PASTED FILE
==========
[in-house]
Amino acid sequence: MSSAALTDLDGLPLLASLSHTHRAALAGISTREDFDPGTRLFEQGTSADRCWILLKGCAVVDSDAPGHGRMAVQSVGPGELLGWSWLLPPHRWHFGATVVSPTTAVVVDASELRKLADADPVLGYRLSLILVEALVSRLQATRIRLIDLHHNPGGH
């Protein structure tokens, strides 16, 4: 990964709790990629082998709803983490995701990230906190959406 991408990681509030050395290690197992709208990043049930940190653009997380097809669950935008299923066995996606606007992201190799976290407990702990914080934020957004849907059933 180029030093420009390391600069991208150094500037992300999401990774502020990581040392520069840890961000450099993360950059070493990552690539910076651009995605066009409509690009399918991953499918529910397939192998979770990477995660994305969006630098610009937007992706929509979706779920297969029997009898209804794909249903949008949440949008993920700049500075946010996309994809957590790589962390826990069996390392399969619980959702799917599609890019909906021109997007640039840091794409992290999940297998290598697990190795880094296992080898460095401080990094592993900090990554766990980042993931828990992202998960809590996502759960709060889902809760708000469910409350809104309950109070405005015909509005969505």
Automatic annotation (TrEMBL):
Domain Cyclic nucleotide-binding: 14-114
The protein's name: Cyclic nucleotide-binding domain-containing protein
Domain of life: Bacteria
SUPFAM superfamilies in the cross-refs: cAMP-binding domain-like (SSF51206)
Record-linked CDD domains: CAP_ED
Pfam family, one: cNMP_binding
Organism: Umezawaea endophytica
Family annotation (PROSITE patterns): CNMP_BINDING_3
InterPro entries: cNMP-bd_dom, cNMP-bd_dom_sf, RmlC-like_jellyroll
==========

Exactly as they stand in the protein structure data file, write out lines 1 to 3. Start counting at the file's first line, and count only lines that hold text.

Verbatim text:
[in-house]
Amino acid sequence: MSSAALTDLDGLPLLASLSHTHRAALAGISTREDFDPGTRLFEQGTSADRCWILLKGCAVVDSDAPGHGRMAVQSVGPGELLGWSWLLPPHRWHFGATVVSPTTAVVVDASELRKLADADPVLGYRLSLILVEALVSRLQATRIRLIDLHHNPGGH
């Protein structure tokens, strides 16, 4: 990964709790990629082998709803983490995701990230906190959406 991408990681509030050395290690197992709208990043049930940190653009997380097809669950935008299923066995996606606007992201190799976290407990702990914080934020957004849907059933 180029030093420009390391600069991208150094500037992300999401990774502020990581040392520069840890961000450099993360950059070493990552690539910076651009995605066009409509690009399918991953499918529910397939192998979770990477995660994305969006630098610009937007992706929509979706779920297969029997009898209804794909249903949008949440949008993920700049500075946010996309994809957590790589962390826990069996390392399969619980959702799917599609890019909906021109997007640039840091794409992290999940297998290598697990190795880094296992080898460095401080990094592993900090990554766990980042993931828990992202998960809590996502759960709060889902809760708000469910409350809104309950109070405005015909509005969505």